Twitter: Jack Dorsey Almost Joined Facebook After Getting Fired As CEO
New York Times reporter and columnist Nick Bilton is releasing a book on November 5th called “Hatching Twitter: A True Story of Money, Power, Friendship, and Betrayal.” The book is being released around the same time that Twitter is going to go public. The book focuses on the hardships that the company focused and how friendships were affected. There is also tales of betrayal in the book.
In 2008, Twitter was being led by Jack Dorsey about two years after the company was created. However, Dorsey was not focused on the Internet company at that time. He spent time between running Twitter and trying out other hobbies like yoga and fashion design. Twitter co-founder Evan Williams was fed up so he told Dorsey that “You can either be a dressmaker or the CEO of Twitter.” He added “but you can’t be both.”
While Dorsey was running Twitter at that time, the company was known for their constant downtime (known as “fail whales”). At the Clift Hotel in San Francisco, board members Bijan Sabet and Fred Wilson asked Dorsey to step down as CEO due to his lack of attention. Dorsey would become the board chairman, but this would not give him any voting power. Twitter co-founder Evan Williams becomes CEO again.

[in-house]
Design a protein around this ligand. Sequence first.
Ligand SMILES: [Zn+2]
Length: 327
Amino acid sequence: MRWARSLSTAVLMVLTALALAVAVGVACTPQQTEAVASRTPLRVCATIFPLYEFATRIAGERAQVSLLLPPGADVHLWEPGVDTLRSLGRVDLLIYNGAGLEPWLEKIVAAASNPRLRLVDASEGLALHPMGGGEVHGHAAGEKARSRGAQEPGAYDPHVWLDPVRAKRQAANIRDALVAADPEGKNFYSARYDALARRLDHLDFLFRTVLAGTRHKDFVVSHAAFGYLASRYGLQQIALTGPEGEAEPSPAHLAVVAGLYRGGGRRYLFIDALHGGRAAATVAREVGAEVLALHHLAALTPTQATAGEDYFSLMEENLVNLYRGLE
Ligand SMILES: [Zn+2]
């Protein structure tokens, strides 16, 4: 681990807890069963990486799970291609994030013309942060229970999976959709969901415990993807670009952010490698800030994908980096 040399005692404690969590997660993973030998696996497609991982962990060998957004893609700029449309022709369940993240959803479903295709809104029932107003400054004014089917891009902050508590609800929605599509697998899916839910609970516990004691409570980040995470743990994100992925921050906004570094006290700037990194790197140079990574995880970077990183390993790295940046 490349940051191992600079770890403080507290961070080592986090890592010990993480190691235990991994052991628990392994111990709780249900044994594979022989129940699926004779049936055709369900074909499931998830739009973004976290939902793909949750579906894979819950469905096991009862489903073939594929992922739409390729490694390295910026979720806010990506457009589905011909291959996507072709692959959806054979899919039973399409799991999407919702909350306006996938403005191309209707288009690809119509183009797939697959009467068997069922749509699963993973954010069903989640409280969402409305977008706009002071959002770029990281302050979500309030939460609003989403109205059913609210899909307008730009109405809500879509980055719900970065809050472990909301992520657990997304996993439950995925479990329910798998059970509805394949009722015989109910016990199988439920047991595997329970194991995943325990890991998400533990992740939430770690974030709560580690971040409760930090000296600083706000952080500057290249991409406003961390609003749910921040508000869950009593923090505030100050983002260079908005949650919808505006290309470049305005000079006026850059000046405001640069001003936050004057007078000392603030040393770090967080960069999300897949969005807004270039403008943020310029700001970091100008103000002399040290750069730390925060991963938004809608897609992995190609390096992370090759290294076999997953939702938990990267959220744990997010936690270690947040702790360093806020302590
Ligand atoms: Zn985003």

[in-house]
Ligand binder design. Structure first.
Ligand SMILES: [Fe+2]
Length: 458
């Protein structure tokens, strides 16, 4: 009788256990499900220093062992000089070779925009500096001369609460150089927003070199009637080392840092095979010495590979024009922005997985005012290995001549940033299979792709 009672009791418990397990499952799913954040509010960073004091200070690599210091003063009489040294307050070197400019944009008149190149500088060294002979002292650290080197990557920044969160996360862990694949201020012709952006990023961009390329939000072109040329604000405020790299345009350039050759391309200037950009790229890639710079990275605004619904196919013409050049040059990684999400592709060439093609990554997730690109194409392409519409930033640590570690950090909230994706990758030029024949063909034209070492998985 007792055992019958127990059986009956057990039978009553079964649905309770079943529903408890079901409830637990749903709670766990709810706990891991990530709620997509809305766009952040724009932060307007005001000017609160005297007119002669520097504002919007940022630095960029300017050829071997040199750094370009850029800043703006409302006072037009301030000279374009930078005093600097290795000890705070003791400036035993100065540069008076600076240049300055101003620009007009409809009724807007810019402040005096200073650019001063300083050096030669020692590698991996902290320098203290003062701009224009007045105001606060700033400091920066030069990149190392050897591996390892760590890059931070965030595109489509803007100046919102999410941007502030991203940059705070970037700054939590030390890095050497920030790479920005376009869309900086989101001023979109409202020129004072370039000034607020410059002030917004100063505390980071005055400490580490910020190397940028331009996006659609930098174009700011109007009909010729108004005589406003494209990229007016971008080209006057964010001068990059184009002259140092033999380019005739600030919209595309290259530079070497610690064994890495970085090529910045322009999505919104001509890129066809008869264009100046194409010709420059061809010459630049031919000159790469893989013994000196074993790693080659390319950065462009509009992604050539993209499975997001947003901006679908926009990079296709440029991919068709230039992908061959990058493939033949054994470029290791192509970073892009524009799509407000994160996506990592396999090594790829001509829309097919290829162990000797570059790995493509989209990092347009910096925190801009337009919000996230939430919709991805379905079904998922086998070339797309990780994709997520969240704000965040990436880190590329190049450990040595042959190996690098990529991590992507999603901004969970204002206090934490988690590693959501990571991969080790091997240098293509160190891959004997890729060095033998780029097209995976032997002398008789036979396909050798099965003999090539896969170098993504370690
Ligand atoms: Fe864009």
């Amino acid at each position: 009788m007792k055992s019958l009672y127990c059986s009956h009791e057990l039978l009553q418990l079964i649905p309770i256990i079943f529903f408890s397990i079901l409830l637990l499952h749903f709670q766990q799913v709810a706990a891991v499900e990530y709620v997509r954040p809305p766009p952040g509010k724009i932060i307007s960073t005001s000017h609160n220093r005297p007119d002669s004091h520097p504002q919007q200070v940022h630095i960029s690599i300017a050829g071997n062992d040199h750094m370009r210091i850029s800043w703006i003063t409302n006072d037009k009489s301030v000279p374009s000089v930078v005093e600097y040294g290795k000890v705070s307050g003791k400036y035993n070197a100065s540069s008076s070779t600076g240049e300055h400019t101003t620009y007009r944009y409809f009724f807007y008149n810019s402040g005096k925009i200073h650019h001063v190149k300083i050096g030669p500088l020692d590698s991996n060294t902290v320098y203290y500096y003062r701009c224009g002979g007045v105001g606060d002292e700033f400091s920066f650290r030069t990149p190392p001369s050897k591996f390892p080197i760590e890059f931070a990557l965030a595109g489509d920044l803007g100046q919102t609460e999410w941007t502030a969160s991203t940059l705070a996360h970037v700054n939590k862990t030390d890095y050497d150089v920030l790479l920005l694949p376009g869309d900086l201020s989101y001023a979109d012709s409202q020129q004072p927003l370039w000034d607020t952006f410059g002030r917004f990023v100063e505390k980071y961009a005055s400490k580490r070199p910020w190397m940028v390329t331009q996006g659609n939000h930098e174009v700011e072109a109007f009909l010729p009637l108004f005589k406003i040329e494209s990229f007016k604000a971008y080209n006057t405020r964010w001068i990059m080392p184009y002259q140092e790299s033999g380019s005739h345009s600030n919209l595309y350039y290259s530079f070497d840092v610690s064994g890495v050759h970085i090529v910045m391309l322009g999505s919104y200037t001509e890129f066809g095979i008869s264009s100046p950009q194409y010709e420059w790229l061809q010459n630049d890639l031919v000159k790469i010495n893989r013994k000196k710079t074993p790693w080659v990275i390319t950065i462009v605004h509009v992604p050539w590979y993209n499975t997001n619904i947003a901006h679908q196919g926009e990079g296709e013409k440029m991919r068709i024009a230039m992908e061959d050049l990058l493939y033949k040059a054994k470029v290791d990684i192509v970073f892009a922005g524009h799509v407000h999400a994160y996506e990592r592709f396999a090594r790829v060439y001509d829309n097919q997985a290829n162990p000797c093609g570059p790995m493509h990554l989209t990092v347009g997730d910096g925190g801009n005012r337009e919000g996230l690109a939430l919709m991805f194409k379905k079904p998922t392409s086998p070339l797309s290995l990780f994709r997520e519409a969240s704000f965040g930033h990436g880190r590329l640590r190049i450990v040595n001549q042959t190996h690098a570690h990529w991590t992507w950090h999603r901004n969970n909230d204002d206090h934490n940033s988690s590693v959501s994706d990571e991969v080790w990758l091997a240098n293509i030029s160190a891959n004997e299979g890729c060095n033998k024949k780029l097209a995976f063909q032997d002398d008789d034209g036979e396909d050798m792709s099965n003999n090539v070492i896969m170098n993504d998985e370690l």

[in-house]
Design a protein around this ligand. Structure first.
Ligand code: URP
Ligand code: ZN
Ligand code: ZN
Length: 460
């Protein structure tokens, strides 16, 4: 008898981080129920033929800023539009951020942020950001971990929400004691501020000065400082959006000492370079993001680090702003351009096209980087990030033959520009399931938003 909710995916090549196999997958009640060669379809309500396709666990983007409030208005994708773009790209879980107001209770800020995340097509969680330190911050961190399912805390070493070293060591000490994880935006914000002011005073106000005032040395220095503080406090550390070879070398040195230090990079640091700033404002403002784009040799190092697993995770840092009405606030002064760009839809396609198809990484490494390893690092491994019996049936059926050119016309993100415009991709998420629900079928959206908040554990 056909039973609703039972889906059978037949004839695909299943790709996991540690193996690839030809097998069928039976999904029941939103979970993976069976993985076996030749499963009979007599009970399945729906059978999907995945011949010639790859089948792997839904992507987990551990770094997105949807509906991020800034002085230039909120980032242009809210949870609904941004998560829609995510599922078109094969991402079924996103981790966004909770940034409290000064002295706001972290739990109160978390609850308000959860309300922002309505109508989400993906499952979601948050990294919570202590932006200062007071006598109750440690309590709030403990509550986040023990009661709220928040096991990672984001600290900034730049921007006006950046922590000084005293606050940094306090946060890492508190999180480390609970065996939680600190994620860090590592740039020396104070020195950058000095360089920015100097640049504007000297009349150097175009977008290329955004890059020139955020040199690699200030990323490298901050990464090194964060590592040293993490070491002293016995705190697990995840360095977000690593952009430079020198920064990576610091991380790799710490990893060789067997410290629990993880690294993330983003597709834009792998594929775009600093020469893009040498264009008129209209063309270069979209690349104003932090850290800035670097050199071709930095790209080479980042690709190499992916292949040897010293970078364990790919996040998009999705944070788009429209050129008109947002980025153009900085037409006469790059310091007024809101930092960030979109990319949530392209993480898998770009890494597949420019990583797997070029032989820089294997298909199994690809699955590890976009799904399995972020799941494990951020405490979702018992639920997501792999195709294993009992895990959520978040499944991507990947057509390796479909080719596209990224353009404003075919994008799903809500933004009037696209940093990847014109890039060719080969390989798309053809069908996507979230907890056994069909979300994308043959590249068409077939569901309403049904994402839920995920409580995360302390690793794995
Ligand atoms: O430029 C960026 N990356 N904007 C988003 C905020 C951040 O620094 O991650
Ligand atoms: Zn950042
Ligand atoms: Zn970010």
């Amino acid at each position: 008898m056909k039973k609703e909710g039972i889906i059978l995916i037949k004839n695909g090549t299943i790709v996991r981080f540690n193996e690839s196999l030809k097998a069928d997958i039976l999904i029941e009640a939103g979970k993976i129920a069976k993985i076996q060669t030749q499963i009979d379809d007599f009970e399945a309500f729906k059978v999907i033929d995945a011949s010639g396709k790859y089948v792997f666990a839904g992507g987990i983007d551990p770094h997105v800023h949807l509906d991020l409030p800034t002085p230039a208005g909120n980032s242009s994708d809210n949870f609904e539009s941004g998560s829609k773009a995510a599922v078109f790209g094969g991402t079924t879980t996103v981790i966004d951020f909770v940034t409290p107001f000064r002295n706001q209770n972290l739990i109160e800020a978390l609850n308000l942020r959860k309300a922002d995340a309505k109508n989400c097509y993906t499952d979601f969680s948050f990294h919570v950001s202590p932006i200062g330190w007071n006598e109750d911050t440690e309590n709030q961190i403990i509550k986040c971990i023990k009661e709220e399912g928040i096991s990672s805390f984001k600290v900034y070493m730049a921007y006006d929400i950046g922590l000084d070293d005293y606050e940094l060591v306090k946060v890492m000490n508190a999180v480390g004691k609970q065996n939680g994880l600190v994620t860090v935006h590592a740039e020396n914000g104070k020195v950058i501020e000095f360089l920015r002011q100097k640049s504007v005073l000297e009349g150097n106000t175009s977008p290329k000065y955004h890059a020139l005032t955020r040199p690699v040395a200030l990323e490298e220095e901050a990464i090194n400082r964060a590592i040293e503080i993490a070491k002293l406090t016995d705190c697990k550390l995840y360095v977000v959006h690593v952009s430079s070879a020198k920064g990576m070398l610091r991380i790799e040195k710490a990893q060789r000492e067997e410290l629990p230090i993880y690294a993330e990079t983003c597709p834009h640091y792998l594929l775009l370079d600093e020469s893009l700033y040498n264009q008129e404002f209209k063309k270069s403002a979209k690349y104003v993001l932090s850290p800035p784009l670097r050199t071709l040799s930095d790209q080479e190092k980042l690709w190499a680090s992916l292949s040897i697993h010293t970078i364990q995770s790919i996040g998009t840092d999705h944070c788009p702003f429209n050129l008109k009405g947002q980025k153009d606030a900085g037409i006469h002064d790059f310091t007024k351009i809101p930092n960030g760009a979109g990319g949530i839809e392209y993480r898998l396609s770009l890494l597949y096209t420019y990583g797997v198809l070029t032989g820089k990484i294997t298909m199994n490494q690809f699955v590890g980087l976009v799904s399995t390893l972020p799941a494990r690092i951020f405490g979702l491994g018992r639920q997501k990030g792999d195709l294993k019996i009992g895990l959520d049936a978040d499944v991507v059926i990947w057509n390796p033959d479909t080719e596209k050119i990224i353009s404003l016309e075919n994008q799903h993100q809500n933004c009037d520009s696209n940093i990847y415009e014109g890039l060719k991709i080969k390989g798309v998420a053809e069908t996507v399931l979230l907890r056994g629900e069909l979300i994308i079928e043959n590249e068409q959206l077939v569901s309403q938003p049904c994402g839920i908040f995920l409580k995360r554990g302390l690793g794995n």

Once Dorsey lost the CEO position, he called up Facebook CEO Mark Zuckerberg to find him a position. Dorsey even sat down with Facebook VP Chris Cox to discuss a product-focused role. Since a final position did not come up right away, Dorsey decided to move on to trying other projects. He ended up spending a lot of time on payments company, Square.
The book points out that Williams resigned from the CEO position in 2011 based on a campaign spearheaded by Dorsey. Dick Costolo became the CEO after Williams was forced out by the board. The book also highlights how one of Twitter’s early co-founders, Noah Glass, was kicked out of the company.
Dorsey was reportedly the one that wanted Glass out of the company, but Williams had to give him the news. Some of Twitter’s founders will receive tens of millions of dollars when the company goes public, but Glass sold most of his shares early on.
Glass actually came up with the idea for the name Twitter. In the early stages of the company, the co-founders were trying to come up with a name for their product. Evan Williams came up with the name “Friendstalker.” Since that name did not sound marketable, Glass started to come up with names. Glass came up with the name “Vibrate” at first, but then decided to go with the name “Twitch.” Since that did not sound right, Glass started to look up for words in the dictionary that start with “Tw” and he found “Twitter.” This is when he decided that Twitter as the name should stick.@amitchowdhry or on Google+ at +AmitChowdhry